RTIndie: Early Fest Reviews For Into the Wild, The Darjeeling Limited, and Margot at the Wedding
I'm Not There, Juno also premiere
Anticipated Indies Get Early Notices At Venice, Telluride
From the Venice and Telluride film festivals come word on some of the fall's most buzzworthy flicks, helmed by a few of the biggest names in the indie world -- Sean Penn, Wes Anderson, Todd Haynes, and Noah Baumbach, just to name a few.
Premeiring at Telluride, Penn's Into the Wild has gotten strong reviews at the fest. The film stars Emile Hirsch in the based-on-a-true-story of a young man who abandoned his possessions for a life in the wilderness. "A story of youthful narcissism that never neglects the poignant humanity at its core, Into the Wild speaks to the yearnings and frailties in all of us," writes Kevin Lally of Film Journal International. "Into the Wild could easily whet its audience's wanderlust," writes Harvey S. Karten of Compuserve.
Into The Wild
Another Telluride film with positive early buzz is Jason Reitman's comedy Juno, starring Ellen Page and Michael Cera in the story of a young couple who must make some tough decisions in the wake of an unplanned pregnancy. The critics are calling it a smart film that plays some difficult situations for laughs, thanks to a sharp script from Diablo Cody. "This might seem like odd material for a comedy, but trust me, Cody's script is pure gold -- expect big things in the future from this first-time screenwriter," wrote Cinematical's Kim Voynar. "The way the torrents of archly amusing, vocabulary-bending dialogue trip off the tongues of the characters, you know you're in the hands of some manner of distinctive writer," said Variety's Todd McCarthy.
On the other hand, Wes Anderson's latest, The Darjeeling Limited, has received mixed-to-negative reviews after its premiere in Venice. The film, starring Adrien Brody, Owen Wilson, and Jason Schwartzman, tells the story of three estranged brothers on a chaotic trip across India in search of spiritual enlightenment. It received a middling thumbs-down from Alissa Simon in Variety ("Breaking no new ground thematically, pic comes closer to The Royal Tenenbaums than The Life Aquatic With Steve Zissou, but without achieving the poignance of Rushmore") and an outright pan by Ray Bennett in the Hollywood Reporter ("A third-rate Hope and Crosby picture with no big laughs and nothing to say as the completely self-involved threesome ride the rails in a circle back to their dull and uninteresting lives").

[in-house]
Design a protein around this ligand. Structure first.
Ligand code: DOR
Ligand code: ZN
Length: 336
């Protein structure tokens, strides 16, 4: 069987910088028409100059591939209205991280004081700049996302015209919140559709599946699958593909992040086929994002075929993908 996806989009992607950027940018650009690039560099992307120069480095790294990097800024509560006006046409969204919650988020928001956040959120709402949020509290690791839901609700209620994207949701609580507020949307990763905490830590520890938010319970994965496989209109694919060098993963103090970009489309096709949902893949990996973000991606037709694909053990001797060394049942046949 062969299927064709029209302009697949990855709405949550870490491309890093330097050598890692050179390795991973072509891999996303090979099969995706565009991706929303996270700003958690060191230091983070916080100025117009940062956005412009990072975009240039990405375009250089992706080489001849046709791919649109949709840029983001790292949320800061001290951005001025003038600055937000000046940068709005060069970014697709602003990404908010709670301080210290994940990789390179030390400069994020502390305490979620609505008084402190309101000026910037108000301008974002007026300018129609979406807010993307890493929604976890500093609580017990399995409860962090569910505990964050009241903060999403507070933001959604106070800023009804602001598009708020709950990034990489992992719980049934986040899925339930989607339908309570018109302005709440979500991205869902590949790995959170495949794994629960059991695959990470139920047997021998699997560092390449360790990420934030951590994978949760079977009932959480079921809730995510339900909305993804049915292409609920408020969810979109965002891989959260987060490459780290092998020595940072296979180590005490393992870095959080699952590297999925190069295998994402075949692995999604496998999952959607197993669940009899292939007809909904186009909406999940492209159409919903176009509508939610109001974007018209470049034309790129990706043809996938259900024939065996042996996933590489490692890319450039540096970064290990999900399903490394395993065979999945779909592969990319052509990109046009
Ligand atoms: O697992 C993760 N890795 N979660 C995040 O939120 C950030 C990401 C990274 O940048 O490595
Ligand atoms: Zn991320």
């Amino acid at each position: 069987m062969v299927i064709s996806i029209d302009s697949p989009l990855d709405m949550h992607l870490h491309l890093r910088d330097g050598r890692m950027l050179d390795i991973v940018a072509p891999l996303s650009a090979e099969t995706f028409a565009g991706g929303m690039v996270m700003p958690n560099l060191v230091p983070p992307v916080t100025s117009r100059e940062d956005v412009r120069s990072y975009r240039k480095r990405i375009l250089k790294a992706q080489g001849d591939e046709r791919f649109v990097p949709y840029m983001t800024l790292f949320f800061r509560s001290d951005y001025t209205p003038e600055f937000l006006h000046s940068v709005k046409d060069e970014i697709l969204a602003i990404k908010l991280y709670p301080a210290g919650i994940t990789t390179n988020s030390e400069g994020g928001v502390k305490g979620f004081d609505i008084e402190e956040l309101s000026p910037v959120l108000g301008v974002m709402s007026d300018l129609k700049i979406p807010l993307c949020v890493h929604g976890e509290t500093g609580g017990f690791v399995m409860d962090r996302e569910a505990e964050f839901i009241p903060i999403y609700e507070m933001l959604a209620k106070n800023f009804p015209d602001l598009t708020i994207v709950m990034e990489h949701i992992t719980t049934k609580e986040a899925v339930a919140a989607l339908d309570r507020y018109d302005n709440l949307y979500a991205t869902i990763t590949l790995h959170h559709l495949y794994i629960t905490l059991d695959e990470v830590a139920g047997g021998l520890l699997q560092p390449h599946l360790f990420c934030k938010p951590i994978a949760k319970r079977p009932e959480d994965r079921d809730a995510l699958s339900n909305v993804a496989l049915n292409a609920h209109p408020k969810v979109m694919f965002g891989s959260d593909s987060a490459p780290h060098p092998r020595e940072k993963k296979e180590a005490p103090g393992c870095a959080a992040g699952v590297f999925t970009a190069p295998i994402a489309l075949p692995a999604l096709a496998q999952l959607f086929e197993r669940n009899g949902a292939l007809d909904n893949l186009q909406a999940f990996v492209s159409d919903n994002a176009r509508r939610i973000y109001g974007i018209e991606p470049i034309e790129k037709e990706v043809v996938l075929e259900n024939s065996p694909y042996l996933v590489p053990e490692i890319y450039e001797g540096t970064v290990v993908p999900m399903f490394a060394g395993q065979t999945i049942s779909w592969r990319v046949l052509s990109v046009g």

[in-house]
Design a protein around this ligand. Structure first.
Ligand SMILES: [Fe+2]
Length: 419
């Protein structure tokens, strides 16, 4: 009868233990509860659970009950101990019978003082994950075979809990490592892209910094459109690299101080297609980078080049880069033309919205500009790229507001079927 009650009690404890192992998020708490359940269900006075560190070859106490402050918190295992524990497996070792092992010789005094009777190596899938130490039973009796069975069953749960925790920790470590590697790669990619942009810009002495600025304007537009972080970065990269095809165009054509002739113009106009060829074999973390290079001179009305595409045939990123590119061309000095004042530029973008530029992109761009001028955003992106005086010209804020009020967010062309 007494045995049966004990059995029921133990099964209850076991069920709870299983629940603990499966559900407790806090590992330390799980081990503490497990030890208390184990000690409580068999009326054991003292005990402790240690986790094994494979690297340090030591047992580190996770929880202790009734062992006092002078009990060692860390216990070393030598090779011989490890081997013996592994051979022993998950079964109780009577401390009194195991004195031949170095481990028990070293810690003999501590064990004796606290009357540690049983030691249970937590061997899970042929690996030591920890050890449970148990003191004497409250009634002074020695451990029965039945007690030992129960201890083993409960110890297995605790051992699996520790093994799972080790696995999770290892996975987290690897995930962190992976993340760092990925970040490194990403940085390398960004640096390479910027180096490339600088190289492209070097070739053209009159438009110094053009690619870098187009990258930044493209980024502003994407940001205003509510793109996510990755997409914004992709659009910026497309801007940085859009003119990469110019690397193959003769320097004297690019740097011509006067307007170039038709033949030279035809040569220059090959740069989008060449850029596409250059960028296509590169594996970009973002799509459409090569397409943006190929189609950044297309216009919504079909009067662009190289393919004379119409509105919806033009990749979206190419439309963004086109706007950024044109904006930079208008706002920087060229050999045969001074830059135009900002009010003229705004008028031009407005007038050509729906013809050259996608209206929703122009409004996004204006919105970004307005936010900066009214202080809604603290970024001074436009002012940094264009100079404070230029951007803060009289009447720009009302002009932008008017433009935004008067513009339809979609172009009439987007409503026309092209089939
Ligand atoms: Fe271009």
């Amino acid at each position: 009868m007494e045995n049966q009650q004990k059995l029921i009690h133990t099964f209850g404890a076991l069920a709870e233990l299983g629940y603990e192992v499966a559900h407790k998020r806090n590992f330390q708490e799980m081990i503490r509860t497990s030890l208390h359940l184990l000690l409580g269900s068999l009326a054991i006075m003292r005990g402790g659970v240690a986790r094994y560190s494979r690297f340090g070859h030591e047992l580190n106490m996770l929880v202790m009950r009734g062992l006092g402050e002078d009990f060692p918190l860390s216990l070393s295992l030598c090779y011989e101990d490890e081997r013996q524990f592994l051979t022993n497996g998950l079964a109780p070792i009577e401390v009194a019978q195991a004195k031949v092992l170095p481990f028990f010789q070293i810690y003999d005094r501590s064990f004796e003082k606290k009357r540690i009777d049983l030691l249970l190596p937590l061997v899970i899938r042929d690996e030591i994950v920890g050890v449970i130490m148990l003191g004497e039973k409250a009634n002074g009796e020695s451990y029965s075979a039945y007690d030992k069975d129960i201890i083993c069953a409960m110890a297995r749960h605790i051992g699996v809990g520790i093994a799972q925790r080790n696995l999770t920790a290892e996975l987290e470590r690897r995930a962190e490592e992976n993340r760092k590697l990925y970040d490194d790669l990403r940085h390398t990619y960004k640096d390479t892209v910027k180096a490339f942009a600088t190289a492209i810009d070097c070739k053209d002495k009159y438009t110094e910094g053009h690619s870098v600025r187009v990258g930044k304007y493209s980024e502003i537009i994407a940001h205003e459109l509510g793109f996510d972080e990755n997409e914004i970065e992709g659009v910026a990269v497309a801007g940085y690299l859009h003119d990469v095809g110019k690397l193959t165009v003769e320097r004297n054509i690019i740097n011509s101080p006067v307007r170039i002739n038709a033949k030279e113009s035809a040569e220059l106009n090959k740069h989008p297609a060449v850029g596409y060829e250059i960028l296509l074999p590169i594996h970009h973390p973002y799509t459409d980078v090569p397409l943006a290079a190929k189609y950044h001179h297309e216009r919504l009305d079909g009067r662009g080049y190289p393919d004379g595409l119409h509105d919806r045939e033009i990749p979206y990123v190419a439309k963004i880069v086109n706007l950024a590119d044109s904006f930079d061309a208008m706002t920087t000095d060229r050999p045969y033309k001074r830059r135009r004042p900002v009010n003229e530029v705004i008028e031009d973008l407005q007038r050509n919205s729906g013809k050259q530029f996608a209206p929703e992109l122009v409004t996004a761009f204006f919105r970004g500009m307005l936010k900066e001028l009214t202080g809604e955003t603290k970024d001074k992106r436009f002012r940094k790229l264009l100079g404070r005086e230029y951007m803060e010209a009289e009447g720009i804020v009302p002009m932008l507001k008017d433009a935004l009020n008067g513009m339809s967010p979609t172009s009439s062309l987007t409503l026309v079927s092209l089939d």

The Darjeeling Limited
Also getting mixed notices from scribes is Anderson buddy Noah Baumbach's latest, Margot at the Wedding, starring Nicole Kidman, Jennifer Jason Leigh, and Jack Black. Margot tells the story of a pair of sisters whose relationship is tested over one's marriage plans. "Baumbach has followed up his acclaimed 2005 breakthrough The Squid and the Whale with another wryly observed, giddily cringe-inducing, bracingly original winner," writes Michael Rechtshaffen of the Hollywood Reporter. But, says Eugene Novikov of Film Blather, "these people are so intensely unlikable, and the film so unwilling to help them toward any sort of redemption, that Margot becomes a sour and unrewarding experience."
Margot at the Wedding
One of Venice's odder -- and most anticipated -- entries is Todd Haynes' impressionistic, unconventional Bob Dylan biopic, I'm Not There. The film stars Heath Ledger, Christian Bale, Cate Blanchett (as Dylan!), and Richard Gere in a series of loosely-connected vignettes anchored upon Dylan's life, music, and influence. And the scribes say it's weird. "It's a curiosity that could delight or turn off loyal Dylan fans and may prove too oddball to draw in younger and mainstream audiences," the Hollywood Reporter's Bennett writes in a largely positive review).
Telluride ran from Aug. 29 to Sept. 1; Venice runs from Aug. 29 to Sept. 8. Wild, Margot, I'm Not There, and Juno will all be playing at the Toroto International Film Festival, which starts Thursday; check back for RT's reports from the fest.
RTIndie DVD Pick of the Week: God Grew Tired of Us
Recently, documentary filmmakers increasingly find themselves making films to fill in the gaps left by the networks. Like Darfur, the story of the Lost Boys of Sudan was one such under-publicized atrocity that went on to inspire multiple theatrical and televised docs between 2003 and today. The first major release, Meghan Mylan and John Shenk's Lost Boys of Sudan went theatrical in 2004 and the second release, the star supported God Grew Tired of Us came out in the winter of 2007 and will hit DVD this month. Narrated by Nicole Kidman and produced by Brad Pitt, Dermot Mulroney, and Catherine Keener, God Grew Tired of Us follows three South Sudanese men (no longer boys) from their UN sponsored huts in Sudan's neighboring Chad to church sponsored homes in Pittsburg and Syracuse. You don't have to be a star to see the appeal these men wield. Directors Christopher Dillon Quinn and Tommy Walker show these men endure the culture shock of planes, prepared foods and indoor lighting with sweetness and not a bit of placation. Ultimately, the men's homesickness and ardor to save the nation that fathered them is a foray into their stories that's accessible no matter what country you hail from. At 91 percent on the Tomatometer, God Grew Tired of Us is certified fresh; James Greenberg of the Hollywood Reporter called it "an incredibly powerful story of renewal, commitment and the resiliency of the human spirit."
God Grew Tired of Us